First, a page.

A great way to start is to get grounded and quiet. The most obvious distraction that many people live with and actually seem to like having around is the TV. I know I tend to harp on TV a bit, but that’s because I truly see it as a poisonous part of our society meant to do one thing: encourage us to spend more money on stuff we don’t need. If you watch TV, like most Americans do, you probably have it on at least 5 hours a day, most likely in the evenings.  Just think of all the peaceful and productive time one could have, every day, if they didn’t drown out their passion and inner quiet with TV.

Here’s a simple (it may not seem it at first) way to start getting quiet: unplug your TV and don’t turn it back on for at least one month. Completely disconnect yourself from it. If you go to a bar or restaurant that has a TV on, sit so that you are not facing it. Do whatever you can to completely separate yourself from the culture of television for the month. In the time that you used to spend watching TV, do something “real.” That could be playing board games or cards with your family, learning to speak a new language, reading books, sitting quietly and simply being. The point is to get your feet back on the ground and to connect with “real life: yours.

With your feet on the ground and your inner landscape afforded a bit more space and quiet, see what comes up for you. Ask yourself, each day, what your passion is and what change you would like to see in the world. Draw a picture of what the perfect world would look like in your mind. Write down what it is that makes it so wonderful. Ask yourself what you can do to make this picture and story become a reality. Over time, or perhaps suddenly, you will find yourself awakening to your passion.

I believe there is more to truly landing in your passion than simply turning off your TV, but this is a starting point, a place to get your toes into the water. If you want to continue to journey, which I hope you do, I suggest taking a two-week vision quest (whatever that means to you) once you have found your initial calm. Perhaps sitting in the woods alone for two weeks with nothing but food, shelter and a place to write down your thoughts would be a good idea.  Perhaps taking an official vision quest with a respected leader while holding a specific intention is your path. There are many ways to continue this journey and to find your passion. Which one is right for you will become clear, once you get quiet.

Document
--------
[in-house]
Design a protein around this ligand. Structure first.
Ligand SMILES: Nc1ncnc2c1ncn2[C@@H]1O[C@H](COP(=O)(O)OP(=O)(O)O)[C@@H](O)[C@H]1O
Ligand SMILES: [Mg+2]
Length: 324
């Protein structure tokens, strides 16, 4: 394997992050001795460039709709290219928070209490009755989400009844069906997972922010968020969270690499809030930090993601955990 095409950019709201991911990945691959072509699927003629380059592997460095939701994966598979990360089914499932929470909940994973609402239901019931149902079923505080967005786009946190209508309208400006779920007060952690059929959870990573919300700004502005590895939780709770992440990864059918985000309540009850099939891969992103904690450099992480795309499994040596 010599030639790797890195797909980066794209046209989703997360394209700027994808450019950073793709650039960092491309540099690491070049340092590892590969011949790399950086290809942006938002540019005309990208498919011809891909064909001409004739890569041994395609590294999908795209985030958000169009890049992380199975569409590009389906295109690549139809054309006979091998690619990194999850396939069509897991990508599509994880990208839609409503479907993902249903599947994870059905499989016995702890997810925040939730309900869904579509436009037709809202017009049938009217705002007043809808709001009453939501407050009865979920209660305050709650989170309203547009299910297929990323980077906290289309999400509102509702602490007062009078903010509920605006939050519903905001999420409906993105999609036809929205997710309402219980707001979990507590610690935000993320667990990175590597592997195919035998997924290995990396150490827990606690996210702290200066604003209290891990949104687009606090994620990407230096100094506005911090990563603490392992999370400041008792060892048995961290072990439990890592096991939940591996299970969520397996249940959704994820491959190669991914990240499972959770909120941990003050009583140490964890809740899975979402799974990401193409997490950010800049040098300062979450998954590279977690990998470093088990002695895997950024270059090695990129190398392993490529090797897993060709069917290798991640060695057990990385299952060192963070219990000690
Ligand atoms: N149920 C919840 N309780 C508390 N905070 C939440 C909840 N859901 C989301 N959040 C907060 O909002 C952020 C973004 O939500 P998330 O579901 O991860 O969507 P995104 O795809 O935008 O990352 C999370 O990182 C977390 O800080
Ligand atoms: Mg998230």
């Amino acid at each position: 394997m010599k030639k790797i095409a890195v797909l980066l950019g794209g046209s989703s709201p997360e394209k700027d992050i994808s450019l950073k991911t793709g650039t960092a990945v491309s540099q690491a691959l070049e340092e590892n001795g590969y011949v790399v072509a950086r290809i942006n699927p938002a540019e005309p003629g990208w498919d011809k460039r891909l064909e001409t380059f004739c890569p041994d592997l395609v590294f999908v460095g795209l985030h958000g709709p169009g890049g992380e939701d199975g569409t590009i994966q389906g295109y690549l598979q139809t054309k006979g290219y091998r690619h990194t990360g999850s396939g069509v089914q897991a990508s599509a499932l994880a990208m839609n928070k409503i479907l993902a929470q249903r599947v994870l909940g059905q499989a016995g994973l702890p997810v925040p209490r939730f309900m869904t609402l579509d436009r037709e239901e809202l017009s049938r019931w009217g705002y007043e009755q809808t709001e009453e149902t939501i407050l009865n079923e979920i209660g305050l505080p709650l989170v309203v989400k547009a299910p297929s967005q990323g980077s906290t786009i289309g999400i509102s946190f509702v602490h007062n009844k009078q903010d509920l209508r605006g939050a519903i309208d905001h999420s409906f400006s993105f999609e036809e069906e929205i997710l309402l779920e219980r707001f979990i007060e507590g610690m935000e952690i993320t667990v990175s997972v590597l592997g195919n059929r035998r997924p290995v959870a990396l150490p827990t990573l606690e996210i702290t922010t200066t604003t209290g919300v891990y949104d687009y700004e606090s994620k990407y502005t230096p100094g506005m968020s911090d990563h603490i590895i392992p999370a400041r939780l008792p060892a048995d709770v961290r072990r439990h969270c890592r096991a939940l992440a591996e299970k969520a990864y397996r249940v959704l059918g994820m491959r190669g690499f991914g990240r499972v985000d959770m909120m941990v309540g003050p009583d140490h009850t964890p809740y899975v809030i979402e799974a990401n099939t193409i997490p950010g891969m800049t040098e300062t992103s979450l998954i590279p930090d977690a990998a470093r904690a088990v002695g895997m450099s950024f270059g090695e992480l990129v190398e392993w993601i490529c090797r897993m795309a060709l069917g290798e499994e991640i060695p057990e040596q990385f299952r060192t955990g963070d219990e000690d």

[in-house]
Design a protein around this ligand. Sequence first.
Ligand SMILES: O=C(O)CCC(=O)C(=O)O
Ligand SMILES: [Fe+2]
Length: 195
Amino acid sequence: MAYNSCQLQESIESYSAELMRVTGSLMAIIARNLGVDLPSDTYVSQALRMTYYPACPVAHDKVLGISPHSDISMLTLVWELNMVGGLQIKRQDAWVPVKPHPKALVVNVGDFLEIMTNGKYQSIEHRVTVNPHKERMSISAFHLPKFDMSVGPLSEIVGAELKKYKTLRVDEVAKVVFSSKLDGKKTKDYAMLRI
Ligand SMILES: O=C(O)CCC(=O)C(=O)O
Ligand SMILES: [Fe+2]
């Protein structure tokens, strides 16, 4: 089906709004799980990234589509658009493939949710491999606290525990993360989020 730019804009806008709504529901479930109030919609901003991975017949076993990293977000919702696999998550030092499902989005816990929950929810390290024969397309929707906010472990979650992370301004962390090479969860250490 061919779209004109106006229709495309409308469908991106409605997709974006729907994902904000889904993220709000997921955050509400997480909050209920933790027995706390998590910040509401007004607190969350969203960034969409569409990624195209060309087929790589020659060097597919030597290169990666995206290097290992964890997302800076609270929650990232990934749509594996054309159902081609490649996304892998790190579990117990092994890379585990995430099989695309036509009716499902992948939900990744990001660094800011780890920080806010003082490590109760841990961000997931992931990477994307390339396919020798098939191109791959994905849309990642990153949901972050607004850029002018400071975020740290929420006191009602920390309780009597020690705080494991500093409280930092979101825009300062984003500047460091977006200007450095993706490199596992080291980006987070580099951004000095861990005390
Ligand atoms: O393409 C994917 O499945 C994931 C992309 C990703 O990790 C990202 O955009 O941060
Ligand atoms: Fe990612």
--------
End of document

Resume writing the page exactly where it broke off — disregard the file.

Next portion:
What I want most for you right now is to simply inspire you to ask yourself if you are thriving or surviving. I hope that many of you will answer “thriving,” but I also know that even the most amazing people in my life have been stuck in the survival mode before. There’s no shame in it. It simply is what it is. If you are not where you want to be, ask yourself what’s in the way of you getting there. Once you start asking these questions, take time to really listen for the answers. When you find the answers, act on them. It may not be any easy journey and it will likely have its discomforts for you along the way, but the journey itself and the landing place you discover are both very much worth the effort.

About the Author

Andrew Morison is a specialist in straw bale and green construction. He has shown thousands of people how to build their own straw bale projects through his comprehensive series of instructional straw bale, concrete foundation, and plastering DVDs, as well as his hands on workshops. You can check these out at www.StrawBale.com/store.